It was investigated at Central Food Technological Research Institute, Mysore. Whole pods with beans and fresh been seeds were stored at temperatures ranging from 320 F to 88° F in different chambers having different relative humidities, ranging from 4667% to 8590 %. Respiration rates of whole pods with beans as well as been seeds were determined by the continuous current method. The CO2 evolved being absorbed in N/10 barium hydroxide solution which was subsequently titrated against N / 10 HCL.
The optimum cold storage conditions for field beans in pod as well as bean seeds were a temperature of 3235° F and 8590% relative humidity. The approximate storage lives were 21 days in the case of beans in pod and 7 days in the case of bean seeds.
The lower the storage temperature, the lower is the rate of respiration both in the case of beans in pod as well as bean seeds.
The effect of cold storage room and ambient storage conditions upon Lablab purpureus cv. Rongai seeds was studied. The mean germination and viability were determined at 027 months of storage. Germination increased significantly from an initial 68% to around 97% after 3 months of storage. In ambient conditions, germination decreased significantly after 12 months and reached a low of 59% after 27 months. Viability decreased over time in both storage conditions, particularly after prolonged storage in ambient conditions. It is concluded that 32% of recently harvested seeds are dormant, but the dormancy disappeared within 3 months without requirement of seed treatment.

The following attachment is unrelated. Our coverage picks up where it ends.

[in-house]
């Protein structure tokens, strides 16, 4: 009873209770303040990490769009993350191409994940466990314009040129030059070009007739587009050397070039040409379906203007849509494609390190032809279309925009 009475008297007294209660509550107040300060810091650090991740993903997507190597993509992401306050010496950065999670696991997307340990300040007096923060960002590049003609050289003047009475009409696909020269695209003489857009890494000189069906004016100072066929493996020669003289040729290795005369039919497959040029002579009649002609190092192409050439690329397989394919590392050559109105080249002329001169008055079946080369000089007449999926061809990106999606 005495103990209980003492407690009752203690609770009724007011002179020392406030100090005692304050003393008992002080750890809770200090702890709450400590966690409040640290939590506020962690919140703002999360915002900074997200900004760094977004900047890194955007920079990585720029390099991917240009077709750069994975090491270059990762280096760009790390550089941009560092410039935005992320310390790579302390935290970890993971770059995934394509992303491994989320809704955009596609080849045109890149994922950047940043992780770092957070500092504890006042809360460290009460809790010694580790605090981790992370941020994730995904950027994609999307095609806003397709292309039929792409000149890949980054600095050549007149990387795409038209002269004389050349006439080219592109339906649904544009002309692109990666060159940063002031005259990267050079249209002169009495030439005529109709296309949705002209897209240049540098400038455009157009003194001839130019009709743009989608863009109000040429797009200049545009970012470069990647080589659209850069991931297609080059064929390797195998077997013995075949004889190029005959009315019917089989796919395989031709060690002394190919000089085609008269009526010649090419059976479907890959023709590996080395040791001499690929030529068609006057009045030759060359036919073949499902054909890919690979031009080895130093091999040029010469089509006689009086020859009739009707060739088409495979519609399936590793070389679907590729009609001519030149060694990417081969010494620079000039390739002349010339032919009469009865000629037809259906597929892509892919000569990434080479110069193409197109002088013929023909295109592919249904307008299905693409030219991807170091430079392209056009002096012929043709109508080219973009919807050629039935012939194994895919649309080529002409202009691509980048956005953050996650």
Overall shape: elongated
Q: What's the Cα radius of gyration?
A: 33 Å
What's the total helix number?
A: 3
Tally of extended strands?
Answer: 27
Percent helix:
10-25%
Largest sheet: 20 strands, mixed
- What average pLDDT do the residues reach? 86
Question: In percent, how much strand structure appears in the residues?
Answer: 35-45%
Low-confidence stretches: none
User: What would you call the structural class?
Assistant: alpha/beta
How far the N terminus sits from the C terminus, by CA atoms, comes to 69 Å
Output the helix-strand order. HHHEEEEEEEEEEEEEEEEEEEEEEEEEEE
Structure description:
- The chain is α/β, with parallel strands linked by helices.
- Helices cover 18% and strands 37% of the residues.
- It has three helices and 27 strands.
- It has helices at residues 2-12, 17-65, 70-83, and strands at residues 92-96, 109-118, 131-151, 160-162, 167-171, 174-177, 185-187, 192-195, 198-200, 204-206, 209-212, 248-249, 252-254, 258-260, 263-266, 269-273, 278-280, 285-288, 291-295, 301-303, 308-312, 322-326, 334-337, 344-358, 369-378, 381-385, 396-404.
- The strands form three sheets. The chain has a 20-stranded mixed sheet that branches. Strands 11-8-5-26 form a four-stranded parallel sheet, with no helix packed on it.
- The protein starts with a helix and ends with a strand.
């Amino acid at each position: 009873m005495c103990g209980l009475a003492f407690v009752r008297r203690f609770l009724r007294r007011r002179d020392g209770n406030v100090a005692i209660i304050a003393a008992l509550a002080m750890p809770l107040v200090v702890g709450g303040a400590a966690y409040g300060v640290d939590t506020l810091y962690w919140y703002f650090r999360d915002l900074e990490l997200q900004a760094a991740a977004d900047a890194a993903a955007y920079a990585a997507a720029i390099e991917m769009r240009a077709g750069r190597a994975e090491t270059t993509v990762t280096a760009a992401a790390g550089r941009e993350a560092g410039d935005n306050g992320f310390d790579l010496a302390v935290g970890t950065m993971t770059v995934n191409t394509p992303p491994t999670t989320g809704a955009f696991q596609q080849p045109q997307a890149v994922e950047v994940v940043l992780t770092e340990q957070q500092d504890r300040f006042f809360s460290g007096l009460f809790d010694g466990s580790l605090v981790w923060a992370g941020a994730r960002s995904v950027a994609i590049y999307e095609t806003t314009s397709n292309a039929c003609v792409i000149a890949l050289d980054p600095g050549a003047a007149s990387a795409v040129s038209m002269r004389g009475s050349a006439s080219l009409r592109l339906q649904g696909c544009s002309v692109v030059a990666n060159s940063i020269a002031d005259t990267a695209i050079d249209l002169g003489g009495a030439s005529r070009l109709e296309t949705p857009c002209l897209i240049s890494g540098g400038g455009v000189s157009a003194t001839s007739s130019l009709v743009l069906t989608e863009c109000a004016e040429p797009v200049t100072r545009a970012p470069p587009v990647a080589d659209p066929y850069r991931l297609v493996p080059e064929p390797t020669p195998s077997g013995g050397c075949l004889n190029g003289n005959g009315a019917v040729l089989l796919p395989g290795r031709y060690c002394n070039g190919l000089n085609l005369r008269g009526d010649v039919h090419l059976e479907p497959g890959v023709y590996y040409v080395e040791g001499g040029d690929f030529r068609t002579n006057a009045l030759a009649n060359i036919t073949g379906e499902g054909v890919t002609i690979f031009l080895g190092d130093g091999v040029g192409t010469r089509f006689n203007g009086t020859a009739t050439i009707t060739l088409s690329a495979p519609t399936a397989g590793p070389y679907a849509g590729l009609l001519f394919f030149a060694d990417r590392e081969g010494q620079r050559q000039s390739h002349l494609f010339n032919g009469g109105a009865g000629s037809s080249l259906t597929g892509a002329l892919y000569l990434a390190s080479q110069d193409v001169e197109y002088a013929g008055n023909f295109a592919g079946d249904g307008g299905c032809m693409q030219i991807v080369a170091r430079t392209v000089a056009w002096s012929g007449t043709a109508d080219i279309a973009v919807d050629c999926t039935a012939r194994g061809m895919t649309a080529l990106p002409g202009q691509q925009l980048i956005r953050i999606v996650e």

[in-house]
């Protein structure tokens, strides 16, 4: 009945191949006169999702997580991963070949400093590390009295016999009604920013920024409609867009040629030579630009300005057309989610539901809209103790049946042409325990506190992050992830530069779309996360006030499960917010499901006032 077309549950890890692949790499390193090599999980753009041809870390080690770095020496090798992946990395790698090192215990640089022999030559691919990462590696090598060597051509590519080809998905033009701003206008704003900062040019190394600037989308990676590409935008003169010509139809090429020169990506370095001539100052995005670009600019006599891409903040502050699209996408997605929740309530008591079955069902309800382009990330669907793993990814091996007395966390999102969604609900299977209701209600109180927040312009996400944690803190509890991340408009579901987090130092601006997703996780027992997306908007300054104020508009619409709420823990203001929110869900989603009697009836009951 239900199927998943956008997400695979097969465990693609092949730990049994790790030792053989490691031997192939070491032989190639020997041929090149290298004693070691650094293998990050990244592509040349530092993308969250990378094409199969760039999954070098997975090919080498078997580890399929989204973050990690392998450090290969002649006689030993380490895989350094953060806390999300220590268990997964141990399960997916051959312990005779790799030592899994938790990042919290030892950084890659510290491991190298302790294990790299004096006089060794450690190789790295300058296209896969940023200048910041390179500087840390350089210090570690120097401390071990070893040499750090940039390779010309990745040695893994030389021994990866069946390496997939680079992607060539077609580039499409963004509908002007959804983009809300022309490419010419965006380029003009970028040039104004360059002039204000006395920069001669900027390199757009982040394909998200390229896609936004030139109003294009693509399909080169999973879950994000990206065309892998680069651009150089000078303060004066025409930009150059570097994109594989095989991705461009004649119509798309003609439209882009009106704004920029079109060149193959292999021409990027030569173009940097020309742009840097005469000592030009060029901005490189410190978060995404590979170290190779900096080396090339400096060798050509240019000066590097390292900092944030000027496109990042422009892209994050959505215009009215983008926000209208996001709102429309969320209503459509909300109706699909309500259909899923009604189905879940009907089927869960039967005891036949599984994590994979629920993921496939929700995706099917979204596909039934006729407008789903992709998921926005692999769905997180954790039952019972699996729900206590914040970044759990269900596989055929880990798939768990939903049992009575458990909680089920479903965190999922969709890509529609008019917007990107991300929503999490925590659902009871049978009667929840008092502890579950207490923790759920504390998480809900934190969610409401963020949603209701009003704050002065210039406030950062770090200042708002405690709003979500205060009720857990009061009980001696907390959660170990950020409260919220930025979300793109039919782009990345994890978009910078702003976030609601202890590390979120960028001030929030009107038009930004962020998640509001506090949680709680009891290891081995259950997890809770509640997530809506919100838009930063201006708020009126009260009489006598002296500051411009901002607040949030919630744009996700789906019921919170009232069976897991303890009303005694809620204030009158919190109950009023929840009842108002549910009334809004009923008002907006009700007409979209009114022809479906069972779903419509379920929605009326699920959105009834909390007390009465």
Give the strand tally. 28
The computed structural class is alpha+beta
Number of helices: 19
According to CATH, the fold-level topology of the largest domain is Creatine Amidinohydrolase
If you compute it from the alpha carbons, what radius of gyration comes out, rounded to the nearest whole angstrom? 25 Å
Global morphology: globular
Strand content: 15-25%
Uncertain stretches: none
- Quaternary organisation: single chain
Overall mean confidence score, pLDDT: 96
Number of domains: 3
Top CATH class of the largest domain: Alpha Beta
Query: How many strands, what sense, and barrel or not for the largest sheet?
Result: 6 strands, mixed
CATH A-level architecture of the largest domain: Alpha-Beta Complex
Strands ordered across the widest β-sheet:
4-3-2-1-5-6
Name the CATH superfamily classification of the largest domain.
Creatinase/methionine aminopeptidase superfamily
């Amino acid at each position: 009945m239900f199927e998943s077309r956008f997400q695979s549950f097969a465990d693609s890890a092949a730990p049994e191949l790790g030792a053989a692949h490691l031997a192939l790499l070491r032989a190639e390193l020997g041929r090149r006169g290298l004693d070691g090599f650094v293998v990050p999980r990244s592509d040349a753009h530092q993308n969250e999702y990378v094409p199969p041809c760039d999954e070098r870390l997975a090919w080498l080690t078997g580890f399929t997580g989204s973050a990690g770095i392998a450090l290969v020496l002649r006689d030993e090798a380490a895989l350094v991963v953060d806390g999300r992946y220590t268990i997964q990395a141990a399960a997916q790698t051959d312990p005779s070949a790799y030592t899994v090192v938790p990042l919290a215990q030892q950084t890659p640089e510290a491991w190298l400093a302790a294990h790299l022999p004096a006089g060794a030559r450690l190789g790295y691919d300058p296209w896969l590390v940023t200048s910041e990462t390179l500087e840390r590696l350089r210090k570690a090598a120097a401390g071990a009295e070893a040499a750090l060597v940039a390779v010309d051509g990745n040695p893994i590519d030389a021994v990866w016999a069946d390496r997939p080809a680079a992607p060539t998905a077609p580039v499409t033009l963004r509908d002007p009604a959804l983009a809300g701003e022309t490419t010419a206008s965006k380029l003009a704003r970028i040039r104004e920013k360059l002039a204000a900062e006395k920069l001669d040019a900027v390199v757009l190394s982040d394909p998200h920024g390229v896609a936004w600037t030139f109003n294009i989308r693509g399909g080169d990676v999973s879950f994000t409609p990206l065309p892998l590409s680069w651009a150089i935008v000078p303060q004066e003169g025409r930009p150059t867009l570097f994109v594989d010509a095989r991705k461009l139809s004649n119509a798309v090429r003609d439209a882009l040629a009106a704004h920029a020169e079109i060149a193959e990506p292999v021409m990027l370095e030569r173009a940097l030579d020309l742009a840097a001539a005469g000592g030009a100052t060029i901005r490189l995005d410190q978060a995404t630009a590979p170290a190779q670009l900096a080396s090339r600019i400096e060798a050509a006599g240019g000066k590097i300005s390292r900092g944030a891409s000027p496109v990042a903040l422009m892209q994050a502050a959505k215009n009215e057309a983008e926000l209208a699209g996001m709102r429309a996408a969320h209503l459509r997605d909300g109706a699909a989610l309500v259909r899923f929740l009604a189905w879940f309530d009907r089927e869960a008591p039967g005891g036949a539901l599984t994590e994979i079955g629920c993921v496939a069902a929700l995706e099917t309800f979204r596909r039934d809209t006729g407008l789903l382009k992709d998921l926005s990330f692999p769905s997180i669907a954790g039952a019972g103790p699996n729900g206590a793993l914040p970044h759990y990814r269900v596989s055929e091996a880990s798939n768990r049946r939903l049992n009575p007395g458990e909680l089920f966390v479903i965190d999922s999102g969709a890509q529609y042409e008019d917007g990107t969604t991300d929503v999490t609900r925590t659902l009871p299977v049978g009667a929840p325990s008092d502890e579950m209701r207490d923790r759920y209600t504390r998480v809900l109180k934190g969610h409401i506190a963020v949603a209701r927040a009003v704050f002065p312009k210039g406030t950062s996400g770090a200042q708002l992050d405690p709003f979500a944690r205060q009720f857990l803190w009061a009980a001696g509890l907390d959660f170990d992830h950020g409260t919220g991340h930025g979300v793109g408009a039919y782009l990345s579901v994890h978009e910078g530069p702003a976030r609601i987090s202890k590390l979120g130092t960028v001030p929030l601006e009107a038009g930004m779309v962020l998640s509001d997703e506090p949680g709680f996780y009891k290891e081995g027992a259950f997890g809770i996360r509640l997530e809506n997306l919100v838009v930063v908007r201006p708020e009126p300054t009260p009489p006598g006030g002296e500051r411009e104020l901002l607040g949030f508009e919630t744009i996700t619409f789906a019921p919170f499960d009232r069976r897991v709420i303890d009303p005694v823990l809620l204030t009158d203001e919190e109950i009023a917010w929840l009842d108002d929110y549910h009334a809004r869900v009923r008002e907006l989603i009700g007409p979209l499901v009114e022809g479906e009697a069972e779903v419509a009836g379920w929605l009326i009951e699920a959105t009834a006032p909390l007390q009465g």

Lablab purpureus seeds with different vigour levels were sown in Kharif 1995 at Bangalore, India, under normal and compensated sowing rates. Increasing accelerated aging period decreased germination, field emergence, plant population, plant height, seed yield and yield components. Increasing the sowing rate could not fully compensate for the use of low vigour seed, although higher sowing rate could not fully compensate for the use of low vigour seed, although higher sowing rate mitigated much of the effect in seeds subjected to accelerated aging for upto 3 days.
The effect of seed treatment with activated clay, red earth, capton, coconut oil or no treatment and storage in cloth bags, polythene bags or covered mud pots for 318 months on germinability of L.purpureus seeds were studied. Germination percentage decreased over 18 months irrespective of treatment. After 18 months storage, seeds treated with activated clay, red earth, capton, coconut oil or no treatment gave germination percentages of 60, 50, 0, 0 and 0%, respectively. The effect of storage container was unclear; on average, germination was higher in seed storage in polythene bags.
Morphological and physiological seed characteristics of the hyacinth bean (Lablab purpureus) were investigated in a set of 18 different germplasm accessions, from wild over semi-domesticated forms to landraces and current cultivars. The objective of this study was to improve the understanding of the domestication of this tropical legume crop. Wild accessions were easily distinguished by morphological characters, such as small, greyish-brown, mottled seeds. Cultivated or semi-domesticated forms showed a much wider variation in size, colour and shape. Seed mass of cultivated accessions reached up to almost 10 times that of wild accessions. Most wild accessions showed a greater spread of germination and larger proportions of hard seeds, up to about 70%, than most cultivated and so-called semi-domesticated accessions. Cluster analysis applied separately to morphological and germination data and a subsequent discriminant analysis did not help integrating the morphological variability observed. The presumed occurrence of semi-domesticated accessions within the germplasm tested as well as the crop's origin from Africa alone or both Africa and Asia are debated on the basis of seed germination and hard seed coat dormancy.